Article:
And the temp just kept dropping so by the time we got home we were all very tired and very cold and everyone was so glad to see their parents.

It was a great first camping trip for the year.

Looking forward to the next one.

Thursday, May 12, 2011

The Camping Year Begins

I grew up camping. My father was one of those crazy "Bass Fishermen".  There were tournaments a couple of times a month....and we went.  We saw some pretty cool parts of the state (Arizona) and even visited the Grand Canyon once...but I really don't remember much of that.
I remember camping got REALLY fun once dad bought an RV.  LOL. Who doesn't want air conditioning and a bathroom???

Hubs and I haven't really camped together much...unless it was scout related.  As an adult most of my camping is a direct result of Girl Scouts.  And we have a blast.  And just to add...a much SAFER blast than my son had as a Boy Scout.  His stories give me chills.  Boys like fire.  And bug spray makes a great flame thrower.  I could go on.

Anyways.  Camping here in Ohio is fantastic.  Nebraska was great also -- but there are so many free programs in this state that it even beats Nebraska.  The weather doesn't get as hot as Texas/Arizona/New Mexico and there are no fire ants.  That last part cannot be over stated.  But I do have to give kudo's to one camping trip in Texas because I discovered soap that I now order for bugs and other good smelling stuff that does not bother my skin! 

In our very very active scout troop, there is alot of camping.  I want to say I went like 7 times last year.

And they begin in May.

And let me tell you, last week was still frosting in the mornings.  I was getting very very nervous.  I can take the rain....just don't give me the cold.

But this week is actually hot and the mornings are in the 50's so I'm feeling a little better about this! Plus its an older girls trip so Mouse will be staying home and I don't have to worry about her.  We are doing "tree house camping".  Not sure exactly what that means but that's what the girls wanted so I'm going along.

One thing I did find last year is that my beloved enamel ware cups heat up too fast.  Mouse ended up with burned fingers a few times trying to carry her hot cocoa.  I am not willing to give up the enamel ware as it is safer (health wise) than plastic, doesn't break like ceramic and are pretty much tough as nails. Easy to throw in a dunk bag with everything else and hand off a line to drip dry.

So what did I figure out for this year......

  I found a free tutorial online on how to custom make a cozie for a cup with a handle.  It was written for those great coffee travel cups but the directions tell you how to custom fit so I knew it would work.  I found this tutorial at Polka Dot Cottage.

So yesterday I sat down and dug out some fabric scraps and made one of these cozies for each of our enamelware cups.
I had some insulating batting to go in the middle left over from the coffee cup cozies I made my friends. The buttons were dug out of the button jar.  The elastics were stolen from the hair supply bin.  Did not have to purchase a single thing to make them.

You know, with the sleeping bag backpack and the water bottle carriers I think I've actually sewn more for camping than I have for my home? Hah. Kinda crazy.

So wish me luck. I'm off tomorrow with one other adult and 12 girls. We having a hiking trip planned through some of the caverns in the area also - we could really use some dry weather for that.  The menu the girls came up with is awesome....and since its Juniors and Caddettes we do NONE of the cooking or cleaning....we are just there to provide rides and opportunities.  LOVE IT!!!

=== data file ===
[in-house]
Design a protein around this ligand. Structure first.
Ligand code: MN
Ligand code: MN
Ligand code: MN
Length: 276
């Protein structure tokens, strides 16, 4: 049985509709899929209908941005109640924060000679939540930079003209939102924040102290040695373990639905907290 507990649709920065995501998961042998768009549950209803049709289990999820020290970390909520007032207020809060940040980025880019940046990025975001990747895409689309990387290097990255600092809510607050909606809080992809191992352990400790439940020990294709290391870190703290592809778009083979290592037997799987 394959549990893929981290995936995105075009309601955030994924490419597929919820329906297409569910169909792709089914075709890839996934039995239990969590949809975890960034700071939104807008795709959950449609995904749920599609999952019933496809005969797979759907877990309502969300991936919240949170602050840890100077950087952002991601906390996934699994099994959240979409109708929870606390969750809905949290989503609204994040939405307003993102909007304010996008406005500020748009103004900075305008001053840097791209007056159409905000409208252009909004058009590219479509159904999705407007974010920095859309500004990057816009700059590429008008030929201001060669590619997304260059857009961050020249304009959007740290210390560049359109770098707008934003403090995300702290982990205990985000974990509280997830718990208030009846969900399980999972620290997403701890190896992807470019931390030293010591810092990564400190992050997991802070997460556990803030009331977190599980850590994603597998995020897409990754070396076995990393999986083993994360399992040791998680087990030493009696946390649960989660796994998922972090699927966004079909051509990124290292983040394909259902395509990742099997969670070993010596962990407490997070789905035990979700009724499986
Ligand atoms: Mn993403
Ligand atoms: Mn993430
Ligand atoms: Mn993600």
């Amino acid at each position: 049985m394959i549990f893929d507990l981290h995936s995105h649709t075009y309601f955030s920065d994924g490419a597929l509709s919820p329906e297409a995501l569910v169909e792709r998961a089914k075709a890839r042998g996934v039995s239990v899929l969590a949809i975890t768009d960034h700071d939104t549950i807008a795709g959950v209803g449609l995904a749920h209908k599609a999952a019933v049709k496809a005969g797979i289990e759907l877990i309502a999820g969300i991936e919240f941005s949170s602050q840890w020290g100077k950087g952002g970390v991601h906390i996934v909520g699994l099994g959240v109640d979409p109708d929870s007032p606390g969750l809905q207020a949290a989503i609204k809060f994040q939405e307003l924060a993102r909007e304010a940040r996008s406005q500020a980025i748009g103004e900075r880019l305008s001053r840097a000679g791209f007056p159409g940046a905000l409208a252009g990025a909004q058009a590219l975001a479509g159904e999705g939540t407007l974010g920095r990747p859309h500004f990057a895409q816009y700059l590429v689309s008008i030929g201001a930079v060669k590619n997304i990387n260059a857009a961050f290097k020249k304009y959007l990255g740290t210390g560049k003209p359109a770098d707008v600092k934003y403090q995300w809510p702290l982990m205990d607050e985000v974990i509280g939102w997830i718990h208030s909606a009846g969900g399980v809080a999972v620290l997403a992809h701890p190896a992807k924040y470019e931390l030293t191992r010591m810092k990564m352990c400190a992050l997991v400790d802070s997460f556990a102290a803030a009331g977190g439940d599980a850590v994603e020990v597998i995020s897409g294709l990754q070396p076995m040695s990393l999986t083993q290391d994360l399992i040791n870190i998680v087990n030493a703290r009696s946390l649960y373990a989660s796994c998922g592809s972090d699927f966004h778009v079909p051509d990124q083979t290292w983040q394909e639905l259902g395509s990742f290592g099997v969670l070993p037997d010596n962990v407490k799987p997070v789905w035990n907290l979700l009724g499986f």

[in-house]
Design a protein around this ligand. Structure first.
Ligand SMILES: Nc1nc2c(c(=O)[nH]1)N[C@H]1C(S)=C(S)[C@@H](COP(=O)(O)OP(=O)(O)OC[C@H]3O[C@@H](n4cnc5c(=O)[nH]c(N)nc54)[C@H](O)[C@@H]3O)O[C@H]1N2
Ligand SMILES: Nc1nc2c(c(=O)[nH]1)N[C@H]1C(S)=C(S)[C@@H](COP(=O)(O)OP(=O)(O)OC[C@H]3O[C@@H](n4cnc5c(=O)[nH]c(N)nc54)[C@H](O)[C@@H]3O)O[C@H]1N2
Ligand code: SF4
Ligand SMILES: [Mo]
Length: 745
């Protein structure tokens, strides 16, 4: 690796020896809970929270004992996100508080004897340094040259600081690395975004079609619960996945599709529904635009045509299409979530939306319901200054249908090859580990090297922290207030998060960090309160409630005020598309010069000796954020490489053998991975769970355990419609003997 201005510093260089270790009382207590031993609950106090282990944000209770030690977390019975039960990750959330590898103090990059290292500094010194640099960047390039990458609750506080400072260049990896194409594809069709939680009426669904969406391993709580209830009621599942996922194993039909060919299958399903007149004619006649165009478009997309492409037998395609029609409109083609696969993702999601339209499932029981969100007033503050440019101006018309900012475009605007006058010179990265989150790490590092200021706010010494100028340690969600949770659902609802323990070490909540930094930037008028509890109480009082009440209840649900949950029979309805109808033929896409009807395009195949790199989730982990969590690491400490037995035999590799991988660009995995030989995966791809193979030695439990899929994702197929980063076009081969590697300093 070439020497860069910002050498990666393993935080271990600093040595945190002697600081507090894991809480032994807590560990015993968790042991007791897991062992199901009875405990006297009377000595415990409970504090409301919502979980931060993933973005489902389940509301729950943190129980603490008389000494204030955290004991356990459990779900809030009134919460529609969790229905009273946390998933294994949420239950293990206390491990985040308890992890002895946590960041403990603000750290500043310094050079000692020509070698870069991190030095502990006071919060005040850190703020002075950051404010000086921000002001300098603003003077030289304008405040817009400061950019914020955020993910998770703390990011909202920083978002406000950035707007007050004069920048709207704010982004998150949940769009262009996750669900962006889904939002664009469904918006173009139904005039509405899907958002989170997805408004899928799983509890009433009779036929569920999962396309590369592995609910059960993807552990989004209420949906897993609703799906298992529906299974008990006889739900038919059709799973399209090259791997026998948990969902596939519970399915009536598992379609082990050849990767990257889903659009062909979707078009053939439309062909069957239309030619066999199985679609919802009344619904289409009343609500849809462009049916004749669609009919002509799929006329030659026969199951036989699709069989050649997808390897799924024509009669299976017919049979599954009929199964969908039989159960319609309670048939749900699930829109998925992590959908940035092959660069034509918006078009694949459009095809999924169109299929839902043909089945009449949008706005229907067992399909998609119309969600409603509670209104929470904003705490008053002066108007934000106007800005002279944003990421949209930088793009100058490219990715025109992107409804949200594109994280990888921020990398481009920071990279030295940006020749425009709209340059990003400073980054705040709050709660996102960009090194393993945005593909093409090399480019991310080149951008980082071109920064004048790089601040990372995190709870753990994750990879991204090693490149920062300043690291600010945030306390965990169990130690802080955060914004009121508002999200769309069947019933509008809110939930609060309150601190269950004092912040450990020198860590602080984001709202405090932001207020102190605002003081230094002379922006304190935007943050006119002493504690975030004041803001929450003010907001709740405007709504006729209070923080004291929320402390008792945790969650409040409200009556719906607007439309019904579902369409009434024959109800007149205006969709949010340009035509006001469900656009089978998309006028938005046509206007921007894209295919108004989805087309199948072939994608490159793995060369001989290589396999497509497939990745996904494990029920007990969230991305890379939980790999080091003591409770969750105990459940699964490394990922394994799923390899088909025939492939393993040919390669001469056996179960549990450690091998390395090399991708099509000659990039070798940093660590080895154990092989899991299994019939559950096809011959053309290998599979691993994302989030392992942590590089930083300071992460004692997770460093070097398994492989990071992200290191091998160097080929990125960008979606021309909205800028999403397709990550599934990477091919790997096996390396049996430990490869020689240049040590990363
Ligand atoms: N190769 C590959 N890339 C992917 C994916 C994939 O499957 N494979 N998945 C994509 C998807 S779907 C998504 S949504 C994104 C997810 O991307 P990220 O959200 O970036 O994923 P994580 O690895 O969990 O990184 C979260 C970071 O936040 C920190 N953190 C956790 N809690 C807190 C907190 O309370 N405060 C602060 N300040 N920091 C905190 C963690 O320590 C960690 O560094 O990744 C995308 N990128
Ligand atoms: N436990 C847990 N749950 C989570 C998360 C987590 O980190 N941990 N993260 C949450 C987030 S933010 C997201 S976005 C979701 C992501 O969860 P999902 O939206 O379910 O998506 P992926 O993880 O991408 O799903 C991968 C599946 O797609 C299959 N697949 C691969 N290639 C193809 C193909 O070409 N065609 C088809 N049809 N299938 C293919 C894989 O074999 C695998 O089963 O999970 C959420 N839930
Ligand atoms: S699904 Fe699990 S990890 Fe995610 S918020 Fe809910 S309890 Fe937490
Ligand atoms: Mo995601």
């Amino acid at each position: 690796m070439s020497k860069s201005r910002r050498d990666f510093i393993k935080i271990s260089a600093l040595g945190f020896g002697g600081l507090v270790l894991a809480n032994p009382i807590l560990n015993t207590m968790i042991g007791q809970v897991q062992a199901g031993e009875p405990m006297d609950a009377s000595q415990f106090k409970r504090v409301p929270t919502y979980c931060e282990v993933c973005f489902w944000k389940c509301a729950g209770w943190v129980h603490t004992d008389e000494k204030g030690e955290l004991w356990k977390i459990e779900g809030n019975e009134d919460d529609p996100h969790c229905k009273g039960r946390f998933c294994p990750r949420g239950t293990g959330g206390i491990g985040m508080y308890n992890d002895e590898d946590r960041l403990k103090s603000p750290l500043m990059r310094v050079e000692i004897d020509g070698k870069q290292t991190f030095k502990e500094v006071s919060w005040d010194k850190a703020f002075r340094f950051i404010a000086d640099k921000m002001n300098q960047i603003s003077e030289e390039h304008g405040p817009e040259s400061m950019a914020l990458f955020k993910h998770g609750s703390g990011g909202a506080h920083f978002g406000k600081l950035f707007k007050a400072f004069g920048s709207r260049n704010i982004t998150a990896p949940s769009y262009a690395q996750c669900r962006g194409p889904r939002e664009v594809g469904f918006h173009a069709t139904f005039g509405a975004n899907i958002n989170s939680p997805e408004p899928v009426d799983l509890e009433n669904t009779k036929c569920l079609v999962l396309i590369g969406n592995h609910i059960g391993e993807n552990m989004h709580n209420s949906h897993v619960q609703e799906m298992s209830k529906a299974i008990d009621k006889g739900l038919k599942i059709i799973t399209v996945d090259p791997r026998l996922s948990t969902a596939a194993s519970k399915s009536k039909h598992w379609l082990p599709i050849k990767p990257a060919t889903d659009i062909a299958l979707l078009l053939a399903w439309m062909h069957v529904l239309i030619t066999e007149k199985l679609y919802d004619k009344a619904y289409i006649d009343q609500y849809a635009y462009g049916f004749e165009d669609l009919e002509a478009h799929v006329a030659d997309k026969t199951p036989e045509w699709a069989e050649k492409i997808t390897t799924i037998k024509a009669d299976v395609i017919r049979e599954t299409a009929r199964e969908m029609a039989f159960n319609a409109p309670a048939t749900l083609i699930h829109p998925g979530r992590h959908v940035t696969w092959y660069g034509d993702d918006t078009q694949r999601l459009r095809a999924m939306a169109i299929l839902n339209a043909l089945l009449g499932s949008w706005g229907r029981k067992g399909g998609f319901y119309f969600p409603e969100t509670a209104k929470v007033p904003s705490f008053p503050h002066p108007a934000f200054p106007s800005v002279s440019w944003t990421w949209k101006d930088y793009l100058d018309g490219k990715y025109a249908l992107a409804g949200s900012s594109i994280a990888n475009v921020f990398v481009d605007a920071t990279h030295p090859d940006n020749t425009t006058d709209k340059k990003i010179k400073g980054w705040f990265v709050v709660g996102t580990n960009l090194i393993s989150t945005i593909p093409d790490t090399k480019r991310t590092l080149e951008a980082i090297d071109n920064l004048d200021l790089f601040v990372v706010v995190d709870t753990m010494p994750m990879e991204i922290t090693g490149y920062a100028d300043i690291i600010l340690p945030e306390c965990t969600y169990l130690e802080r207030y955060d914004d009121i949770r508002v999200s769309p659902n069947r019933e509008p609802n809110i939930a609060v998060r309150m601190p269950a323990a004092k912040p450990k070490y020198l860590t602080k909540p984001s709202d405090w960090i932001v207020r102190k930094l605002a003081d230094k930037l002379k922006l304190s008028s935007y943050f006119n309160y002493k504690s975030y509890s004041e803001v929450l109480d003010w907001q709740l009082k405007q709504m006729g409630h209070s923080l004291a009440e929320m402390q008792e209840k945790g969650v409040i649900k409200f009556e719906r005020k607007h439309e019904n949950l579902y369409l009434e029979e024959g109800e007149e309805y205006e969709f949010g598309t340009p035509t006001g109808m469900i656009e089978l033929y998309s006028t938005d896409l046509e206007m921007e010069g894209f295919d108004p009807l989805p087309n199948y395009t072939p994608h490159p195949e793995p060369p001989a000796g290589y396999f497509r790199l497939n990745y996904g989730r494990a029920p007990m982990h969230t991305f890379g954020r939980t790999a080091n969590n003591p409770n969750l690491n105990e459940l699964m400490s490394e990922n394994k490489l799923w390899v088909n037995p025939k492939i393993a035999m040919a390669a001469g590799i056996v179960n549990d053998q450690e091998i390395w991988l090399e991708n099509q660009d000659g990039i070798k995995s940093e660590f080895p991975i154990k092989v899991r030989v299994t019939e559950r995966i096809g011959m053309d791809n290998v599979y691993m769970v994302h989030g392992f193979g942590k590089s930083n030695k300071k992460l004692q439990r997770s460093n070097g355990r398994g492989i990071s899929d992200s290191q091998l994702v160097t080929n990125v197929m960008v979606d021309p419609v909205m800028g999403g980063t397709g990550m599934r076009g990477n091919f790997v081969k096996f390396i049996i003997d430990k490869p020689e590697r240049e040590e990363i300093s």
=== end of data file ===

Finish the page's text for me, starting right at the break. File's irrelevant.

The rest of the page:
Tuesday, May 10, 2011

Autumn Survives Her Daughters First Prom


I bought 3 dresses this year. Three.
First it was homecoming.
Then it was the military ball.
Prom was on the horizon.
And I did a stupid.
I stated that I WOULD NOT buy three dresses in one year.
Besides, prom is for Juniors and Seniors.
Which my child is not.
No worries.
Until I go to pick up the girl from practice.
And she gets into the car with an armful of roses.
And a crazy story....
Of a guy with a guitar...
and a song written especially for her....
to ask her to prom.
And I knew I was buying another dress.




I am so NOT your typical mom.  Of course not.  But then again I was so NOT the typical teenager either.  You couldn't get me to a dance with bribes even.  And there was no way I was going to burden my parents with the cost of a dress.  They are expensive. And on a military salary there wasn't much to go around. Besides. I just don't like dancing because I am no good at it.  And it required a dress. No way.

So how did this happen? How did I end up with the kid that gets asked to all the dances?  Is it some kind of cosmic karma/payback????  

I guess most moms would be thrilled to see their teenage daughter being asked to the dances. I watch the other parents get all excited and make a fun day of shopping for the perfect dress.  I give my daughter a price limit and cringe because I know we have just taken a chunk of our summer clothing allowance to pay for a dress she will only wear once.  You don't really think I could talk her into wearing one of the other dresses do you??? I did try. And as I pay for the pretty I think of all the summer clothes her sister needs...and I now cannot buy. 

And of course she wanted shoes. Which I wouldn't buy. Thank goodness for friends. Because I already bought shoes she could have used...but she didn't think they were the right color.  Whatever.

And then there was the mani/pedi.  Which I wouldn't pay for. So she saved her money and paid for it herself. 
Hey - I won't blow what little money I have on one for myself...think I'm going to do it for anyone else????

And nowadays? They have prom after parties at the schools.  At Songbirds school it lasts until 3am.  Hah. No.  The mean parents came out.  15 year olds have no business out until 3 am with a guy. Sorry. I don't care if they are just friends.  15 + 3 am = bad parenting. Now, if she was a senior it would be different.  

So while I am very glad that Songbird had a great time....I am more glad that it is over. And we managed to survive our first prom.  And on FB I saw a guy call "dibs" on taking her next year....and then get shot down when she told him someone else already beat him to it.

I think its time to start a dress fund....

Or the rest of us will be going naked the next two years.